"Where's the first place most people go when they get off the plane after a long flight?" he asked. "Remember, we're talking about more than 500 people on one flight."

When McCarran was considering the prospect of the big jet, one of the questions on Walker's checklist was whether the tunnels beneath McCarran's two east-west runways could hold the 600 tons a fully loaded A380 would weigh. If the jet were to be allowed, that issue would require more study.

But probably the biggest problem the A380 would present to McCarran are the flight delays it would create. Walker calls it "the rat through the snake."

McCarran was designed for "Group 5 aircraft," the largest of which is the 747. The A380 is a Group 6 plane, the largest category.

Because the 261-foot wingspan of the A380 would be wider than the width of the airport's runways and taxi strips, all other jets would have to be out of the way whenever a jet would arrive or depart to meet the Federal Aviation Administration's safety separation clearances. Traffic would be disrupted and other planes would have to stay clear of the jumbo jet whenever it lands, taxis or takes off.

And that, Walker said, would produce flight delays, especially if the plane were to come in at busy times of the day.

"It's hard to justify a delay for thousands of passengers on other flights and give priority to the 500 on one jet," Walker said.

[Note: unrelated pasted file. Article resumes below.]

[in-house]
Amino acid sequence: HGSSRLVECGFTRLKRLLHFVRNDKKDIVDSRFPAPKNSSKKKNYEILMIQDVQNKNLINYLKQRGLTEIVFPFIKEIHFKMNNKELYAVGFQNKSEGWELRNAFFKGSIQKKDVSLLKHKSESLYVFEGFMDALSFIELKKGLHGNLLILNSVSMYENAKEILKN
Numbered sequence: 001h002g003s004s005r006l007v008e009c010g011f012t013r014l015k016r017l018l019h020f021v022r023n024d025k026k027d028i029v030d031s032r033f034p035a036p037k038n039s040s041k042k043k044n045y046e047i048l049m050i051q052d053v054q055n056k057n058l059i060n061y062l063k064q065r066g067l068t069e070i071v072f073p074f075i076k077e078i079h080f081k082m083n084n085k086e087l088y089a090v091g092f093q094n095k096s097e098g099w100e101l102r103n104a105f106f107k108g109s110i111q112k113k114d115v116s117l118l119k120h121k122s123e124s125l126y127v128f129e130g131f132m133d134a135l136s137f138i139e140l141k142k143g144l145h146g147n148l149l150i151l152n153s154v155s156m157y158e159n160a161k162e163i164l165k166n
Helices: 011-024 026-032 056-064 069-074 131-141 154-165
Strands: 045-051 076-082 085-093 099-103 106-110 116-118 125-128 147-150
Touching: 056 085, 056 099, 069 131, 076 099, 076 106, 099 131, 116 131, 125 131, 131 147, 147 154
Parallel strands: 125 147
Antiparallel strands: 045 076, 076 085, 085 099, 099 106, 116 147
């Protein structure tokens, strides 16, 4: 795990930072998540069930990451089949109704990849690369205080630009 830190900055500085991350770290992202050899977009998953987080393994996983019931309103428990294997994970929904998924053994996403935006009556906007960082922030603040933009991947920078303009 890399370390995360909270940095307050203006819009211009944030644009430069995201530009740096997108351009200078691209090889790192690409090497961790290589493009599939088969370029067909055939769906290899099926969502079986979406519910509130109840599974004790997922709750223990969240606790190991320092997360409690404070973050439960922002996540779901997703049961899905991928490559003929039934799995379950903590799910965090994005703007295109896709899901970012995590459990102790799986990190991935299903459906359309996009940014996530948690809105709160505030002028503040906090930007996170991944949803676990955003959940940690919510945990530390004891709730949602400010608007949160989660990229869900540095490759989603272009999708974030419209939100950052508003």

So far, no airline has asked to bring an A380 to Las Vegas. In fact, only one airline that currently serves McCarran -- Virgin Atlantic -- is even buying the jet. As of December, Airbus had received 159 orders for the plane, with Virgin Atlantic planning to buy six. Federal Express and UPS, which fly freight into McCarran, each have ordered 10 cargo versions of the plane.

The wild card in the equation is China. Nevada tourism leaders are courting several Chinese airlines to offer nonstop service to Las Vegas. Among them are China Southern Airlines, which has ordered five A380s. Other Chinese carriers reportedly are kicking the tires.

Walker said if he receives a request to accommodate the plane, he would say no. Most airlines, he said, understand the infrastructure limitations and plan to use other planes -- 747s, 777s and even the now-in-production 787s.

"I think the Boeing 787 will be great aircraft for Las Vegas," Walker said. "It has the potential to do for international service what the 737 has done for domestic service to Las Vegas."

Walker said the A380 picture could change in the years ahead, as the proposed new Southern Nevada airport in the Ivanpah Valley is being built to specifications for Group 6 aircraft. That airport isn't expected to be on line until 2017 at the earliest.

But by then, it will be known whether the A380 is a hit or a flop and whether other big jets are on the horizon.

Few U.S. airports are gearing up for the A380. According to the FAA, New York's John F. Kennedy International Airport and the major international airports in San Francisco; Los Angeles; Miami; Anchorage, Alaska; and Memphis, Tenn. (the home of Federal Express) are committed to infrastructure work to accommodate the big jet.